Google Search — And finally, don't forget to do a good old fashion Google search for the company's name. Remember to try a few different search variations, "use quotes to constrain the search to your exact search term." Running a search on the names of the owners of the company is also useful to see what else they've done outside of the agency.
One of the advantages of choosing Ruby on Rails for your development project is the robust community of Ruby developers around the world. The best Ruby agencies tend to be active, recognized members of the community. What does that mean exactly?
They contribute to open source projects;
They help new developers learn Ruby;
They participate in meetups; and
They provide thought leadership.
But how do you know if the agency you're evaluating is good citizen of the Ruby community? The best place to start is by checking out your local Ruby meetup. Nearly every city in the USA has a Ruby meetup group that meets once or twice per month. You can check www.meetup.com to find the meetup near you.
Meetup leaders are typically the best Ruby developers in your city, and generally run or work for the best Ruby agencies. Take some time to attend a Ruby meetup and get to know the leaders of the group, or simply reach out through meetup to start a discussion.
At least once a month we receive a call from a prospective client looking for help on a project that's gone sideways. Unfortunately, the story is often the same. The client found an agency that offered them a really low price for their project, and promised wonderful results. The low price was so attractive that they didn't really vet the agency, and instead rushed into the project, hoping for the best. Months later, after multiple missed deadlines and budget overruns, the client starts asking the tough questions, only to find that the agency they hired outsourced the project to a low cost development shop in India, in an effort to maximize profits.
Don't let this happen to you. The agency you hire needs to guarantee in writing that all work will be performed in house, by their own employees, and that no parts of the project will be outsourced overseas. If an agency is quoting you pricing that's well below other quotes you've received, it's most likely because they intend to outsource the work. As is usually the case in life and in business... if something sounds too good to be true, it usually is.
After you've confirmed that the agency you're evaluating doesn't outsource work, you'll want to learn about the individual developers that will be working on your project. Some things to consider:
How much experience do they have?
How long have they been with the agency?
Are they employees or contractors?
Do they have formal Ruby on Rails training?
Have they completed other projects for the agency?
How many developers will be working on your project?
Who manages them and oversees their work?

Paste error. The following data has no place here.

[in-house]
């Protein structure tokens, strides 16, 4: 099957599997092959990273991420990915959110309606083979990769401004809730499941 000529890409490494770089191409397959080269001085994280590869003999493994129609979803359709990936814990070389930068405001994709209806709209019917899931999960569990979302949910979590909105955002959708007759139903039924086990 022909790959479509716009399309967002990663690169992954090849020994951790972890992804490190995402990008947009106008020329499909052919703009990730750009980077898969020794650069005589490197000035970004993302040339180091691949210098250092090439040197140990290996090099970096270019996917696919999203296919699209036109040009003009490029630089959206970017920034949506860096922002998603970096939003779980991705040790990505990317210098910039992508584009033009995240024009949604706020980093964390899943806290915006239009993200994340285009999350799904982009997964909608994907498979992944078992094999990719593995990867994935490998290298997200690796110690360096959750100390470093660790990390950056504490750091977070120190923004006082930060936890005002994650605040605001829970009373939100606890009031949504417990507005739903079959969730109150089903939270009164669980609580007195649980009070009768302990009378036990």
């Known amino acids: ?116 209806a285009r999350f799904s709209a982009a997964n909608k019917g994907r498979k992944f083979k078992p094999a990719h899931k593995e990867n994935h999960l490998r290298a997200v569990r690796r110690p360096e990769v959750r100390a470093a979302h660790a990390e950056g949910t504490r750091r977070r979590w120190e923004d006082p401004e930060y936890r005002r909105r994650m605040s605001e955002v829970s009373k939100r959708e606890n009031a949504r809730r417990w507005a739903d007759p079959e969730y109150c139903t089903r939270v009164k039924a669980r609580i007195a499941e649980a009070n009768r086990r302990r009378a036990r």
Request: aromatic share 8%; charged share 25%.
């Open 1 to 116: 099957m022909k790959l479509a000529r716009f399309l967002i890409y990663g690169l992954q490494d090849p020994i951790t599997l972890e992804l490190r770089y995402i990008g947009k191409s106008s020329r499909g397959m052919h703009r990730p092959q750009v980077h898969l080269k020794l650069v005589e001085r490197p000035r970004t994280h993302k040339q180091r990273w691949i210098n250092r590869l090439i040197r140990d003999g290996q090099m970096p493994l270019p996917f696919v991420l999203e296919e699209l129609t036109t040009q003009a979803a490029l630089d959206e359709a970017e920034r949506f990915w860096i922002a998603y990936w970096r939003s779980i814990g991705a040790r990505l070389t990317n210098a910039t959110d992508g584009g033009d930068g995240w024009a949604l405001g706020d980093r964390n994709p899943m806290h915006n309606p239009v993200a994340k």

If they can't answer these questions, or if the answers aren't what you expect, it's probably best to find another agency.
Building software is an intricate process with a lot of moving parts. A dedicated project manager is critical to oversee the project and keep it on track. The project manager will likely be your primary point of contact during the project, so compatibility is key. Having an understanding of them and their process is critical in selecting your Ruby agency. You'll want to have a solid understanding about things like:
How will you communicate with the project manager?
How often should you expect updates?
Will you have scheduled meetings each week?
What will the major milestones be for the project?
How will you know if the project is on track or off track?
Do they use project management software?
Will they provide you access so you can collaborate with the team?
How will change orders be handled?
Asking these questions upfront can prevent problems down the road.
Few people like hearing the word "no." It tends to trigger our inner 2-year-old and makes us a bit cranky. But honestly, sometimes "no" is the right answer. No might keep you from burning your finger on a non-user-friendly idea, or a shortcut designed to save a few bucks. The best parents tell their children "no" for a good reason... so do the best Ruby developers.
The best Ruby development shops have years of experience building web applications. They have a clear understanding of what types of apps and development projects are likely to succeed and which ones aren't. The best agencies will have opinions on your project, and will offer suggestions on what needs to be changed. Your project will also be a showcase for their talent, so they will have a vested interest in making the app the best it can be.
Most importantly, when they know you're making a mistake, a professional Ruby developer must be willing to say no to you.
If the agency you're evaluating only says yes to everything you propose, and never offers alternative suggestions or opinions, they are likely desperate for your business, or lack real experience, and should be avoided.
You and your developer will be working countless hours together creating the baby that is your project. Building web applications requires a great deal of communication and collaboration over an extended period of time, which often can lead to interpersonal conflicts, hurt feelings, and stress, if not handled properly. The last thing you want to do is spend all that time working with someone you're not compatible with. It's critical that the two of you actually enjoy working together.
By talking directly with the agency, reviewing online reviews and talking with agency references, you can get a solid feel for things like:
Does the agency have strong communication skills?
Are they friendly?
Are they happy to hear from you when you call and email?
How will they react to stressful situations?
What's the culture of the company like?
Do the employees seem happy?
Choosing the right Ruby on Rails agency is critical to the success of your project. Hire the wrong agency and you'll face:
significant cost overruns;
low quality software riddled with bugs;
stress, heartache, and damage to your business.
You don't want to come out of the process feeling like a piñata at a 10–year-old's party. Choosing the right agency will result in high quality software, delivered on time and under budget, without taking you for a ride on an emotional rollercoaster.
Do yourself and your project a solid - invest the time vetting prospective agencies using the guide above. There can be true love in the Ruby development world. We want you to find it!